Construction Activity Set to Commence at Rainbow Bridge
Span will be reduced to two lanes between September 5th and November 2nd
LEWISTON, NY – Today the Niagara Falls Bridge Commission (NFBC) announced that it plans to begin maintenance and improvement efforts at the Rainbow Bridge early next month. The bridge crossing directly connects the popular tourist destinations of Niagara Falls, Ontario, and Niagara Falls, New York.
Construction activity will require the closure of two of the bridge’s traffic lanes, effectively reducing the standard four lanes down to two. This closure will take place between September 5th and November 2nd, 2018. Toll lanes and related Customs inspection booths will not be affected and will remain open 24 hours per day to cars and pedestrians during the construction. Bus and motor coach vehicles are strongly encouraged to schedule their crossings at the Rainbow Bridge via Border Planner, or use the Lewiston-Queenston Bridge or Peace Bridge as an alternative route.
“The Commission takes great pride in the care and maintenance of our bridges, and we’re excited for this next round of upgrades to the Rainbow Bridge, which is an international gateway that’s popular for both trade, tourism and views of iconic Niagara Falls,” said Kenneth Bieger, general manager of the NFBC. “We’re working closely with Customs agencies on both sides of the border as well as our many transportation partners, to stay coordinated during this construction period, in order to ensure that impacts on traffic flow are minimal. This construction work is being undertaken to keep the crossing structurally sound, modern, and efficient for its many users.”
The Commission successfully reduced the Rainbow Bridge traffic lanes in a comparable fashion during the 2009-2010 timeframe to complete similar structural improvements. The upgrades being completed during the 2018 fall season follow a number of recent improvements made to the Rainbow Bridge in order to more efficiently accommodate the passage of goods and travelers between Canada and the U.S.
In 2017, the Rainbow Bridge was outfitted with new LED overhead signage at both the tollbooths and Canada Customs primary inspection lanes to assist the public with plaza navigation and general wayfinding. Automated Border Wait Time technology was also installed, to provide wait time updates every five minutes for motorists, replacing a manual process that previously updated motorists only once an hour. In 2015, the NFBC also unveiled a $4.5 million to the Rainbow Bridge bus processing facility.
Only 1,000 feet downriver from the American Falls, the Rainbow Bridge opened in 1941. The bridge is positioned 202 feet above the Niagara River and stretches 1,450 feet between Canada and the U.S., and serves as a catalyst for tens of millions of dollars in economic activity as a result of tourism.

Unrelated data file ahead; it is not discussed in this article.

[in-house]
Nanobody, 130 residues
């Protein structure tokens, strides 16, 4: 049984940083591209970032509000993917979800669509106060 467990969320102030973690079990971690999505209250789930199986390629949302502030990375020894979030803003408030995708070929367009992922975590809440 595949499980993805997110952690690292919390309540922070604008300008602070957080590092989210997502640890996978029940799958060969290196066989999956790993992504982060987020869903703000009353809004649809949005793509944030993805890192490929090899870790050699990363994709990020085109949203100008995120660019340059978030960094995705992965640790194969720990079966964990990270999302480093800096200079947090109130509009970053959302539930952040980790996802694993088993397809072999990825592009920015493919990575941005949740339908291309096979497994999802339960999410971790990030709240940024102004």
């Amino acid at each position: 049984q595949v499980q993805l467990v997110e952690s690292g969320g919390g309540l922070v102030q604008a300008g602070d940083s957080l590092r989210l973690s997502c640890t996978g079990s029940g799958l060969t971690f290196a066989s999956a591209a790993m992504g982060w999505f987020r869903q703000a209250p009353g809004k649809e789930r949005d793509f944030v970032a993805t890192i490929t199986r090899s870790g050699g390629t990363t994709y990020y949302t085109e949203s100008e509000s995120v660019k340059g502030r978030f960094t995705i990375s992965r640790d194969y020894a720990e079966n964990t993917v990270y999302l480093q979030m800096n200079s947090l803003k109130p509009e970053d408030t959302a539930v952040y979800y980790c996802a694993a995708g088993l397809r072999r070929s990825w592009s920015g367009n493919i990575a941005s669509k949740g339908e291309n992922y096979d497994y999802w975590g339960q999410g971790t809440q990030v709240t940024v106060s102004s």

About the Niagara Falls Bridge Commission:
The Niagara Falls Bridge Commission is a unique, bi-national body. Canada and the U.S. are equally represented on the NFBC through the bi-national appointment of an eight-member Board of Commissioners. A Joint Resolution of the 1938 U.S. Congressional Third Session created the framework for the NFBC. In 1939, the Province of Ontario, Canada licensed the NFBC under The Extra Provincial Corporations Act and amended the Highway Improvement Act to authorize the appropriation of land in Ontario for transfer to the NFBC. Initially established to finance, construct and operate the Rainbow Bridge, the Commission proved efficient and effective at its mission. The NFBC’s powers and authority were thereafter expanded through amendments to the Joint Resolution in the U.S., and by the Rainbow Bridge Amendment Act of 1959 and the Queenston Bridge Act of 1959 in Canada. Together, these enactments empowered the NFBC to assume responsibilities for the Whirlpool Rapids (Lower) and Lewiston-Queenston Bridges. Today, in addition to owning and operating three international bridges, the NFBC builds and maintains facilities for Customs and Immigration functions on both sides of the international border. The NFBC is self-supportive, largely through user fees (tolls) and private-sector tenant leases. NFBC is authorized to conduct international commercial financial transactions and empowered to issue tax-exempt bonds in the United States.